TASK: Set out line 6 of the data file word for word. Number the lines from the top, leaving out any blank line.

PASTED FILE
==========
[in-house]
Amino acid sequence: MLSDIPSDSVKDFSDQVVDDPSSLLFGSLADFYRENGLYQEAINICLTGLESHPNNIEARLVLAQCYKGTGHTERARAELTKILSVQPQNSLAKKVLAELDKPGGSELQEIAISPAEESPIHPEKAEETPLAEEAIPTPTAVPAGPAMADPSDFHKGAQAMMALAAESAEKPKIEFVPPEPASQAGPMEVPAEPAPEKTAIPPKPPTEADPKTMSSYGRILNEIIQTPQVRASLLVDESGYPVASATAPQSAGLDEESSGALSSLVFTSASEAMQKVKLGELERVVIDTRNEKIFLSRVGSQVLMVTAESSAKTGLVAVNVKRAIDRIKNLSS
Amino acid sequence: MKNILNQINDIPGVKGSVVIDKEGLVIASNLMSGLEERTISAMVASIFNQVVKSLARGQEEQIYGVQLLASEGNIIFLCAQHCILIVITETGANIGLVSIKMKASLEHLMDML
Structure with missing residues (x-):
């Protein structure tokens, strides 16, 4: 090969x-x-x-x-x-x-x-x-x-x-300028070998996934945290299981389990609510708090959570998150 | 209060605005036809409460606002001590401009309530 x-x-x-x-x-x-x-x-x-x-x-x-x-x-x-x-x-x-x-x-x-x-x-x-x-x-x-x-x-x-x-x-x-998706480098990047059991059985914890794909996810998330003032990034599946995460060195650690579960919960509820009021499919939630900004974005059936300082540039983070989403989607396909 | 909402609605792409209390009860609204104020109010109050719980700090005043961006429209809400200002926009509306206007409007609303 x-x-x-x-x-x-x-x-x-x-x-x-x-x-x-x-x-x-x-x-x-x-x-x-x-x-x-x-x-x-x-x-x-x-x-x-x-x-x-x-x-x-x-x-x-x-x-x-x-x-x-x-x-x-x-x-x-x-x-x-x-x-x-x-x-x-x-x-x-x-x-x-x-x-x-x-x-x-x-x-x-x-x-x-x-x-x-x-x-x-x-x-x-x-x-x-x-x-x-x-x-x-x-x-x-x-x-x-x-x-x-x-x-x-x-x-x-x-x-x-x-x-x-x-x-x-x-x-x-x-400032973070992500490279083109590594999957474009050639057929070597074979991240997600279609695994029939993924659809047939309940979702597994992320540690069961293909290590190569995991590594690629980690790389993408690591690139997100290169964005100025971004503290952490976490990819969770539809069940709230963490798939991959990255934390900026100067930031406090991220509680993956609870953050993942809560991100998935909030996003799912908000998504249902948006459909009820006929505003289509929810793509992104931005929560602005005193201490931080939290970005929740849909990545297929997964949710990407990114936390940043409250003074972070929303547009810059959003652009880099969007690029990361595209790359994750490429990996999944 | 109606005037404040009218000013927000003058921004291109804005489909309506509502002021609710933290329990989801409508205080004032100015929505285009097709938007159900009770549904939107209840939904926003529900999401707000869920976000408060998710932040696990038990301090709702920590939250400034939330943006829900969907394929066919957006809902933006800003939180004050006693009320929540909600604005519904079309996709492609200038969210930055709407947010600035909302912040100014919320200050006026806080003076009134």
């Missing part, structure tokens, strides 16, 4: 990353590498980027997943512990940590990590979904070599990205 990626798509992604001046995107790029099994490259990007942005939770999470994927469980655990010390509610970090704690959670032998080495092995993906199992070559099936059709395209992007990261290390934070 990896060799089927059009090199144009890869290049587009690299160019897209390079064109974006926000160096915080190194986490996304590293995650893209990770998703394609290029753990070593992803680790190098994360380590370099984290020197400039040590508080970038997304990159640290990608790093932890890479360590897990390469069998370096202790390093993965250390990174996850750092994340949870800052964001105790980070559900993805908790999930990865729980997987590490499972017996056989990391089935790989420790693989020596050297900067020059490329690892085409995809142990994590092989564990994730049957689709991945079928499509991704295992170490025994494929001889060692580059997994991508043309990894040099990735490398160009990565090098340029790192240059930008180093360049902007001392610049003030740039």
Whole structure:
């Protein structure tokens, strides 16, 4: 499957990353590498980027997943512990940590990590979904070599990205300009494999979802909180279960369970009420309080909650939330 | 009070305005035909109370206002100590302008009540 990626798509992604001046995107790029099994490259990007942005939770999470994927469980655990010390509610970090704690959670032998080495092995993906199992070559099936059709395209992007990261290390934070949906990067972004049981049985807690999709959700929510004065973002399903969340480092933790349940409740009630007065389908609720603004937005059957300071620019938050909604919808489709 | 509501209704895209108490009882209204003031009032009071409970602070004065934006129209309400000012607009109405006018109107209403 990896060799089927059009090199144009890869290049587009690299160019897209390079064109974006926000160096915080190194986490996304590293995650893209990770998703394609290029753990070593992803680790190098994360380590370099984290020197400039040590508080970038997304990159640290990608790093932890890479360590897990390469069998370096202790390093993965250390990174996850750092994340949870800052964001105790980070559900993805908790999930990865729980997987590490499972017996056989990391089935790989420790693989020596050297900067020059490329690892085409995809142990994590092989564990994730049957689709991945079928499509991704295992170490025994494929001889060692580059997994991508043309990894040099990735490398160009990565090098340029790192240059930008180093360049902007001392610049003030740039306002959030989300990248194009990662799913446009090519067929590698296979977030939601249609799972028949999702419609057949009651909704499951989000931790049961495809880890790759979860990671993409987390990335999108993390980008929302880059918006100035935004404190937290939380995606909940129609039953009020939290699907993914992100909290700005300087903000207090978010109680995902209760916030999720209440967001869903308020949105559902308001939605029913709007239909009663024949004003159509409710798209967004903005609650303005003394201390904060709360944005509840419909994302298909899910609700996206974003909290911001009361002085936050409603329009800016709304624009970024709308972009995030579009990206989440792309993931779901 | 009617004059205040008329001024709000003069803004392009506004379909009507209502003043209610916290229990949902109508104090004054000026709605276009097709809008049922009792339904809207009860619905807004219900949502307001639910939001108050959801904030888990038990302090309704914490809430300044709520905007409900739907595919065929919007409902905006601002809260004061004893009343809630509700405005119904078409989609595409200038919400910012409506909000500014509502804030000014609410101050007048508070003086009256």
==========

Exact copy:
């Missing part, structure tokens, strides 16, 4: 990353590498980027997943512990940590990590979904070599990205 990626798509992604001046995107790029099994490259990007942005939770999470994927469980655990010390509610970090704690959670032998080495092995993906199992070559099936059709395209992007990261290390934070 990896060799089927059009090199144009890869290049587009690299160019897209390079064109974006926000160096915080190194986490996304590293995650893209990770998703394609290029753990070593992803680790190098994360380590370099984290020197400039040590508080970038997304990159640290990608790093932890890479360590897990390469069998370096202790390093993965250390990174996850750092994340949870800052964001105790980070559900993805908790999930990865729980997987590490499972017996056989990391089935790989420790693989020596050297900067020059490329690892085409995809142990994590092989564990994730049957689709991945079928499509991704295992170490025994494929001889060692580059997994991508043309990894040099990735490398160009990565090098340029790192240059930008180093360049902007001392610049003030740039």